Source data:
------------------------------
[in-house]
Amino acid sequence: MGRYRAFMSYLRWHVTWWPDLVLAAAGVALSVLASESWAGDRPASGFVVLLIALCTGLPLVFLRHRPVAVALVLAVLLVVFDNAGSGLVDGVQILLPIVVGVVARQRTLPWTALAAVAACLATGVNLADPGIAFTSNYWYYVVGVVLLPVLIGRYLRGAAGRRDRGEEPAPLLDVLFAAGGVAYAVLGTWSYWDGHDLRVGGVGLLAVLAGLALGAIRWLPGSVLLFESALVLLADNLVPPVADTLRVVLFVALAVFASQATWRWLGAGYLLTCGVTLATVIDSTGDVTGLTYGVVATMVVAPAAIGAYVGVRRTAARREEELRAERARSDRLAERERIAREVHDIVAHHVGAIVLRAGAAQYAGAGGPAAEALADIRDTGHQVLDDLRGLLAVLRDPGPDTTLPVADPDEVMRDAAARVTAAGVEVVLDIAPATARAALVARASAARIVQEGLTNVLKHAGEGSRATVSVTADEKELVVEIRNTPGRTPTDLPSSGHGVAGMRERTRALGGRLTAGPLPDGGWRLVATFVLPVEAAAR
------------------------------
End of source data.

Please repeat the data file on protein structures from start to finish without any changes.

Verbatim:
[in-house]
Amino acid sequence: MGRYRAFMSYLRWHVTWWPDLVLAAAGVALSVLASESWAGDRPASGFVVLLIALCTGLPLVFLRHRPVAVALVLAVLLVVFDNAGSGLVDGVQILLPIVVGVVARQRTLPWTALAAVAACLATGVNLADPGIAFTSNYWYYVVGVVLLPVLIGRYLRGAAGRRDRGEEPAPLLDVLFAAGGVAYAVLGTWSYWDGHDLRVGGVGLLAVLAGLALGAIRWLPGSVLLFESALVLLADNLVPPVADTLRVVLFVALAVFASQATWRWLGAGYLLTCGVTLATVIDSTGDVTGLTYGVVATMVVAPAAIGAYVGVRRTAARREEELRAERARSDRLAERERIAREVHDIVAHHVGAIVLRAGAAQYAGAGGPAAEALADIRDTGHQVLDDLRGLLAVLRDPGPDTTLPVADPDEVMRDAAARVTAAGVEVVLDIAPATARAALVARASAARIVQEGLTNVLKHAGEGSRATVSVTADEKELVVEIRNTPGRTPTDLPSSGHGVAGMRERTRALGGRLTAGPLPDGGWRLVATFVLPVEAAAR